Did you ever think of being a firefighter when you got out?
Yes. But then I get out and I find out that of course, they have some silly rules that if you were an inmate firefighter, you can’t be a real firefighter.
When you got out of jail, what was difficult about readjusting to regular society?
I was kind of acclimated at the fire camp pretty much, but I would find myself at concerts and it was just weird because in jail, nobody bumps into you at all. Because then you would have a problem. Everyone’s just weaving through each other in there, and out here people are so rude, and you’re like okay, whatever.
What was your first job out of jail?
I worked at a bakery right here in Escondido where the parole officers send you, where they didn’t really treat their employees too well. I was working from 11 at night until 6 in the morning for a year. They have this giant oven and the trays are coming out of there scorching hot and they put somebody at the end, which was me, to catch these things coming at you super-fast and put them on a baking rack. And then you take them and put them in the refrigerator, and all that’s done manually. I actually earned my way up to being a batch maker, I would make these giant batches of icing, and cookie dough.
When did you start at Dr. Bronner’s?
2004. There was no interview [Edwin laughs]. That was probably my favorite part.I was so used to going into all of these places for an interview just to get shot down. So when there was no interview, I was like, this is perfect. I love this.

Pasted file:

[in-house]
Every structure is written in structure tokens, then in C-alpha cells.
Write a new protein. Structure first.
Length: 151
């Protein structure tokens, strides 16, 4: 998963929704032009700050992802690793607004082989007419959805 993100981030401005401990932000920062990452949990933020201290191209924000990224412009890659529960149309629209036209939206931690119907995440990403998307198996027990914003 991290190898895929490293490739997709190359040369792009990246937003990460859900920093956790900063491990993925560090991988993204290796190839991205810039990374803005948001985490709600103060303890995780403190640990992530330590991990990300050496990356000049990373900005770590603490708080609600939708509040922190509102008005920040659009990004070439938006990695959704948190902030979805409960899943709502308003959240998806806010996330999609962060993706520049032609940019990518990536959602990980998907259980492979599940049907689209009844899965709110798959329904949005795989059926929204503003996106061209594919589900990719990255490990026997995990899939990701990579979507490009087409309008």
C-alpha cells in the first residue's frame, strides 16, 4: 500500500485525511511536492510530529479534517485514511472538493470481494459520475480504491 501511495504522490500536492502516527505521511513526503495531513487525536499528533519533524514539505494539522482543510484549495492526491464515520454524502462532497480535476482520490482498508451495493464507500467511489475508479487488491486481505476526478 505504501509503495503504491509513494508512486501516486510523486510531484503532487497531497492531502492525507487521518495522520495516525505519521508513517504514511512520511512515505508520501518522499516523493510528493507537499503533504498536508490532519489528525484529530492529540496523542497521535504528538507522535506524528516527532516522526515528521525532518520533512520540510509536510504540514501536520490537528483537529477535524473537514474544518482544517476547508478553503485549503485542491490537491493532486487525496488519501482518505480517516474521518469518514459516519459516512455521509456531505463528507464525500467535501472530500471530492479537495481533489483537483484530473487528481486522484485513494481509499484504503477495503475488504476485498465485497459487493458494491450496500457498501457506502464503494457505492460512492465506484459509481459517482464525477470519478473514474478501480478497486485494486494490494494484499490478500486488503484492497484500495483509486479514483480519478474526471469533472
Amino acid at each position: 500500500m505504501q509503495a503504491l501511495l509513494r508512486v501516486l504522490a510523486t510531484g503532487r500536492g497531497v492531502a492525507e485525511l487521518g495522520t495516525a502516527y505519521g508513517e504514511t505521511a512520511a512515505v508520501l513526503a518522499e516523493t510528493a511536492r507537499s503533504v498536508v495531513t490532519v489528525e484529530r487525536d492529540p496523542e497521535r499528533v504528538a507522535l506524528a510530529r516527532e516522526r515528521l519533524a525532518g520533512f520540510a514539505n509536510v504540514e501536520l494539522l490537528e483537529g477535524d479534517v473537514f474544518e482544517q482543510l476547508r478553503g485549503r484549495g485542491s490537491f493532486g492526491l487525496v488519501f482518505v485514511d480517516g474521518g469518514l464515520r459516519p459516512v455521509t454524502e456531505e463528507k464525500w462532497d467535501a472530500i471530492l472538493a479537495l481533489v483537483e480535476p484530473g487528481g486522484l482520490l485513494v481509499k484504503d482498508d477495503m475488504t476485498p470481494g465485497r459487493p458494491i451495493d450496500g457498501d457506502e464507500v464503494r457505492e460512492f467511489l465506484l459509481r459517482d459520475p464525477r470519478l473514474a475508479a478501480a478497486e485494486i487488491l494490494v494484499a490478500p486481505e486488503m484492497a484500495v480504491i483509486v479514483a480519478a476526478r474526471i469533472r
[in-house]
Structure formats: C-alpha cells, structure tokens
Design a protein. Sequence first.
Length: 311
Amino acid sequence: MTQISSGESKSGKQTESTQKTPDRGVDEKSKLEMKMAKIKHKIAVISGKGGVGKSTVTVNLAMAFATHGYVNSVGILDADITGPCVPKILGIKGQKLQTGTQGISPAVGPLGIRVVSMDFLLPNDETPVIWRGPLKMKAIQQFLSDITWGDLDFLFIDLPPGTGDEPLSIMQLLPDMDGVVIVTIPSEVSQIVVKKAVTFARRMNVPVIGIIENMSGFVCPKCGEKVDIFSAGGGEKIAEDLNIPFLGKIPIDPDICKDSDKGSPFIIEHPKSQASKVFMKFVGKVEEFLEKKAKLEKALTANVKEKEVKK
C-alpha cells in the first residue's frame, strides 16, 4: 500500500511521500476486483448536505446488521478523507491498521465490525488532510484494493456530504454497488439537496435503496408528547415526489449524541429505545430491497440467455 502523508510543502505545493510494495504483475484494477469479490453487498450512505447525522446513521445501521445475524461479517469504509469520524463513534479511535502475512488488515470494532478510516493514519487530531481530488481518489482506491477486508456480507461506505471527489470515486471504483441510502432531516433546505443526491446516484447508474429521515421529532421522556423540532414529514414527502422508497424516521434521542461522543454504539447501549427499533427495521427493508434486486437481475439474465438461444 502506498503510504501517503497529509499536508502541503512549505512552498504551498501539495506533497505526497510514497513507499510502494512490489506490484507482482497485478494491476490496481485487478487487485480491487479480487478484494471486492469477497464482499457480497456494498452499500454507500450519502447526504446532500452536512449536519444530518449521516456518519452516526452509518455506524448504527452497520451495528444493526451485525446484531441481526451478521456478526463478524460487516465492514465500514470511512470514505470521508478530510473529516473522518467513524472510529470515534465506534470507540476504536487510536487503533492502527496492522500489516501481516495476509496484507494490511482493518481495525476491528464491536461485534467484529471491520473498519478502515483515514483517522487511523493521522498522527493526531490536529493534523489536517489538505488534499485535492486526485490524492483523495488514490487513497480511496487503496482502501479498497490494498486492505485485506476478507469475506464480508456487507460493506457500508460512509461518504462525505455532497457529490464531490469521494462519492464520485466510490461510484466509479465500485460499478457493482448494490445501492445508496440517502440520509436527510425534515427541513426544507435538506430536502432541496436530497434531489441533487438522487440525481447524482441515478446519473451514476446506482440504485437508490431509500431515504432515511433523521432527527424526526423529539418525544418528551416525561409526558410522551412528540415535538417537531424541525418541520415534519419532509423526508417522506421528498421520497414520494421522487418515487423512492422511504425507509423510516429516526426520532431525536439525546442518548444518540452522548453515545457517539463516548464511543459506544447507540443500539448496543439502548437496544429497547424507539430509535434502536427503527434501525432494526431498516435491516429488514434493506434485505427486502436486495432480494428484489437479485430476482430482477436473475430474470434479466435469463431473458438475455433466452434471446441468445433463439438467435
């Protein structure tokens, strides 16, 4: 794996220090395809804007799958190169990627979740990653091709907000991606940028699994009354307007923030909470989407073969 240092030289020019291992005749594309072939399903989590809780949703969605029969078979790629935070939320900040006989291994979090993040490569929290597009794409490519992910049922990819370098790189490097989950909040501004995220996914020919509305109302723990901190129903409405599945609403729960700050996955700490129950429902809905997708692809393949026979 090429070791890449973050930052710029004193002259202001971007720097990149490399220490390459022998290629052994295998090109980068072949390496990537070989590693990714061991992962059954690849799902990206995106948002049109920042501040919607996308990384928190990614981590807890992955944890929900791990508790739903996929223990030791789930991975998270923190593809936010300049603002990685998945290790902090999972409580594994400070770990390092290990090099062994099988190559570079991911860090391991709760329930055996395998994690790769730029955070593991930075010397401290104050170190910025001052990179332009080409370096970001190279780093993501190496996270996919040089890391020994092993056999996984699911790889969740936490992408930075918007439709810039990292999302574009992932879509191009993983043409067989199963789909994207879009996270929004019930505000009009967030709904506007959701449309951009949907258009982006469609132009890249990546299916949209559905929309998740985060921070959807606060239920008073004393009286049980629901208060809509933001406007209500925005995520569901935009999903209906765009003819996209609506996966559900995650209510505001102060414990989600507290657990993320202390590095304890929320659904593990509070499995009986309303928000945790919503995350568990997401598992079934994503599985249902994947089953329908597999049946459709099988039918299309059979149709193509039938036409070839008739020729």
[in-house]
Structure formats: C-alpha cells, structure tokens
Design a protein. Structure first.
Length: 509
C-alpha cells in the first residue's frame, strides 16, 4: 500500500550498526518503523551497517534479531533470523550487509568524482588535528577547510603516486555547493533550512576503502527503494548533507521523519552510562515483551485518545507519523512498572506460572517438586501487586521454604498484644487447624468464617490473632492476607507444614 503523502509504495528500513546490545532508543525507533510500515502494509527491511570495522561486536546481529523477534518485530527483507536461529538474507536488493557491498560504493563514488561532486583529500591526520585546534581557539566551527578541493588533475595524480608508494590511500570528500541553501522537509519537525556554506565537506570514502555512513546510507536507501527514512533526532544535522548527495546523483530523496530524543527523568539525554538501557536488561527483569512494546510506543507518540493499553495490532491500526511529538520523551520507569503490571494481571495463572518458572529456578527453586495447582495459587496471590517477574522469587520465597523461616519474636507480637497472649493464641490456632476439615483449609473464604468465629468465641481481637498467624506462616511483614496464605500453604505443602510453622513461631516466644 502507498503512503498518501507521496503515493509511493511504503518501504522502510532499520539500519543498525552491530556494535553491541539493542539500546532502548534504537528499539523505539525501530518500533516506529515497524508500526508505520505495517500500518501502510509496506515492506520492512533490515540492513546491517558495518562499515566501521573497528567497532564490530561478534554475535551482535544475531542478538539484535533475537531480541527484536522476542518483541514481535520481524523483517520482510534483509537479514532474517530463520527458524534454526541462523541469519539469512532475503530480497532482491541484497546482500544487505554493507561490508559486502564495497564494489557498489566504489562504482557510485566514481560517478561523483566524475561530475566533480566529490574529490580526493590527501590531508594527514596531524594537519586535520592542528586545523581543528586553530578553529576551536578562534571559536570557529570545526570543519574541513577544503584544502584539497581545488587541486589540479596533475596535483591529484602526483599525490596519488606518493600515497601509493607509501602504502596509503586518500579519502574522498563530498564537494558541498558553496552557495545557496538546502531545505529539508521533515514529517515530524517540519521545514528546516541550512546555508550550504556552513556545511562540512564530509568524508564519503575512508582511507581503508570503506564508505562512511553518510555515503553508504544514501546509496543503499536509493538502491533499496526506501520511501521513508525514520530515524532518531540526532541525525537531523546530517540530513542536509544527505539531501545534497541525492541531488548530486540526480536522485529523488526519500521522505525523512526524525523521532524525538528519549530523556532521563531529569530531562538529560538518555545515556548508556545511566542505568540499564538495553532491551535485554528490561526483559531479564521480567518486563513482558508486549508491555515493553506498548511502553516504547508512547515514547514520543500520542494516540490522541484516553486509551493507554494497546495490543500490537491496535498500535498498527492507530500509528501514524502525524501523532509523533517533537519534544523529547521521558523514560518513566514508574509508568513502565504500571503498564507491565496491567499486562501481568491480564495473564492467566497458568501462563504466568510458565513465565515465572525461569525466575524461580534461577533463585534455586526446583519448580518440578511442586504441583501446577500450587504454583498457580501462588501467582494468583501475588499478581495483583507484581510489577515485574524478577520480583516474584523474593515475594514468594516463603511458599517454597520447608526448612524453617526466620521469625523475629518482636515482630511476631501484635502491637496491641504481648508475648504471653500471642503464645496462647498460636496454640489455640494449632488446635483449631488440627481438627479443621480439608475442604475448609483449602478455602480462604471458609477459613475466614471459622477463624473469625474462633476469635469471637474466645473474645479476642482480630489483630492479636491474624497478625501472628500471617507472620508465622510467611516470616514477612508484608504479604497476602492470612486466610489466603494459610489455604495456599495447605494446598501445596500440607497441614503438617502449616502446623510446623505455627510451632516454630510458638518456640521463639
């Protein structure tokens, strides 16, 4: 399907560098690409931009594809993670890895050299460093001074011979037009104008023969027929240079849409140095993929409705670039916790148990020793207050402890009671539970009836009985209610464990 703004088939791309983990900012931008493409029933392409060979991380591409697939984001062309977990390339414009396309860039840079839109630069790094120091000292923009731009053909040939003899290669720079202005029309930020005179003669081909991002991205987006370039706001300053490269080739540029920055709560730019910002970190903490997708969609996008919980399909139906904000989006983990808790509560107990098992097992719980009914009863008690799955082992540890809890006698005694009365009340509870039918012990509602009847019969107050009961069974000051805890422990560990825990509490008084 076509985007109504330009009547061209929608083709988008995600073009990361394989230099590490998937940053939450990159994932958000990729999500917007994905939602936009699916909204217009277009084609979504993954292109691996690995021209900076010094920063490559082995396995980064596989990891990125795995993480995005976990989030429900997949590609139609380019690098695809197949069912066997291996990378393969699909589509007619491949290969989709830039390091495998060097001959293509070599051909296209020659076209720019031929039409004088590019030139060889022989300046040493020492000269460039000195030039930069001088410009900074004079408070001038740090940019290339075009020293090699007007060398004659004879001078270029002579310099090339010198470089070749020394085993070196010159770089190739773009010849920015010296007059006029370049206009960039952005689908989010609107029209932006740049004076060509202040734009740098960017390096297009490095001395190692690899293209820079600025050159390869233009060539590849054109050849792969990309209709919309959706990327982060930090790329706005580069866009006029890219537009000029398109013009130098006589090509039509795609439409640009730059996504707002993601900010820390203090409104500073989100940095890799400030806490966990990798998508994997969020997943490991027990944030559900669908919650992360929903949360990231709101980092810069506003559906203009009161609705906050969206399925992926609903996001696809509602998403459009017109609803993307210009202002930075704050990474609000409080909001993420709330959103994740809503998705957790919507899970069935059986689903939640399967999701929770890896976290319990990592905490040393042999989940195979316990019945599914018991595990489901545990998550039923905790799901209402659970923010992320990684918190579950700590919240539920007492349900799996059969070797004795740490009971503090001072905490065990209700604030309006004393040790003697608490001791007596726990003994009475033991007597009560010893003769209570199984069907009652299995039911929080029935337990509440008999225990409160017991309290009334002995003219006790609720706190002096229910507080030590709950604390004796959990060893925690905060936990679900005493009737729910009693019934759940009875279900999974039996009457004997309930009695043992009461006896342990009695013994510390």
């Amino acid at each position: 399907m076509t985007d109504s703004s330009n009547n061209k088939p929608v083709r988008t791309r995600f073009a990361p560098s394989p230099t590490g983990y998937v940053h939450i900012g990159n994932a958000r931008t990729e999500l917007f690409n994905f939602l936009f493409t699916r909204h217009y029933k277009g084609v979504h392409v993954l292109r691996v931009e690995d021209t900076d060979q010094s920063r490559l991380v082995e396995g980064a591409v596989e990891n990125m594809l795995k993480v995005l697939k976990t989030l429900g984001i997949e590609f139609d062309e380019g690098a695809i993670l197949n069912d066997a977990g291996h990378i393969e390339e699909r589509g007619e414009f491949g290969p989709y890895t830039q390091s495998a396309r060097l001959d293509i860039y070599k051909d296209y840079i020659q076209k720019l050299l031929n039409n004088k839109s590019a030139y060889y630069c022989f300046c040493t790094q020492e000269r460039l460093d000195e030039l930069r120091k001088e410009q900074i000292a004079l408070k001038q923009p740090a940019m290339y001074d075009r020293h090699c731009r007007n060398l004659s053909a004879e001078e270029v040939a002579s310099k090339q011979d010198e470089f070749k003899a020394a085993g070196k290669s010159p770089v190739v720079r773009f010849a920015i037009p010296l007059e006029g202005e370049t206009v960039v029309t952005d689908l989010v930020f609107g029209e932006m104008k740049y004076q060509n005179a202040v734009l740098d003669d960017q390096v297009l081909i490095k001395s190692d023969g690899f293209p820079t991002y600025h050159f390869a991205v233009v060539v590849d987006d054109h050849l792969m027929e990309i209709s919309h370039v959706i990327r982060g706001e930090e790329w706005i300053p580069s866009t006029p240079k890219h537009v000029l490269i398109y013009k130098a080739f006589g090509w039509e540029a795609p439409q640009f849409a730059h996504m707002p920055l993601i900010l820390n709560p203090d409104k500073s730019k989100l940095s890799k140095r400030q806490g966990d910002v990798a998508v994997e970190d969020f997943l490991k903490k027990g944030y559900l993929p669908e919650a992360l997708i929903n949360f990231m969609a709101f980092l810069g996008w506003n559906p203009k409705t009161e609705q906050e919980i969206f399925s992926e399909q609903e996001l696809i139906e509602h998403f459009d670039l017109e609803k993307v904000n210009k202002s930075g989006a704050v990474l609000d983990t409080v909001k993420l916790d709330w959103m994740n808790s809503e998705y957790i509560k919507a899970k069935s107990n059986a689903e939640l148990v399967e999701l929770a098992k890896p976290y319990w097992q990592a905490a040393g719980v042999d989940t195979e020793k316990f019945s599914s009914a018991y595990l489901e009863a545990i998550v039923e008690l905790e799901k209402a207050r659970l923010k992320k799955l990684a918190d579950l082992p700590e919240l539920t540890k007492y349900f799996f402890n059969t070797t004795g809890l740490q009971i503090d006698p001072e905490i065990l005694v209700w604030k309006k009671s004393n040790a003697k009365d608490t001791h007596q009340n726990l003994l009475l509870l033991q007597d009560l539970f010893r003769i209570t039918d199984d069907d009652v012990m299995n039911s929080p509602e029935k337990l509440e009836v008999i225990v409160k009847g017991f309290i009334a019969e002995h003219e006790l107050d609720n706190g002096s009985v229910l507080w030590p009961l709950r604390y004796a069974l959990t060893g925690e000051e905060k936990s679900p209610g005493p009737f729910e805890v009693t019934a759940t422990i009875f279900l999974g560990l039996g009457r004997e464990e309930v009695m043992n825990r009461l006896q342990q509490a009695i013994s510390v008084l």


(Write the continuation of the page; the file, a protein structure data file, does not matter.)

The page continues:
So, yeah, I showed up expecting an interview, I kinda got a little dressed up. DJ talked to me for five minutes, and he’s like, you’re welcome to work today if you want. That’s fine I said. I had a dress shirt on but I didn’t care. I just went to work and I think he liked that—that I didn’t care if I got dirty that day cuz I had my nice shoes on and my nice shirt on.
I was like, you want me to go to work, I’ll go to work. And he saw the willingness and he gave me the opportunity. He was a tough boss—he really challenged me. He definitely wanted a hard worker, somebody that could keep up with the fast growth of the company. I wasn’t knowledgeable about stuff. I didn’t know anything about plumbing. I didn’t know anything about electrical, construction. So I learned all of that stuff. He would teach a lot of it to me, especially the construction part. And he enjoyed it too. You could tell he would go out of his way for me. To this day, I’m super grateful to DJ and you guys for giving me this opportunity.
What was your advancement at Dr. Bronner’s?
I started on one of the production lines at the end of it, packaging the soap bottles as they come out. And then I would be the helper, the floater. I’d then go do jobs that were a little bit more technical. Instead of just packaging soap I’d go use pumps and hoses, and repair little things around the facility, do a little maintenance. Then I started being the machine operator. I was really good at that so DJ started letting me order my own repair parts and install them, and repair the machine and do other general repair maintenance.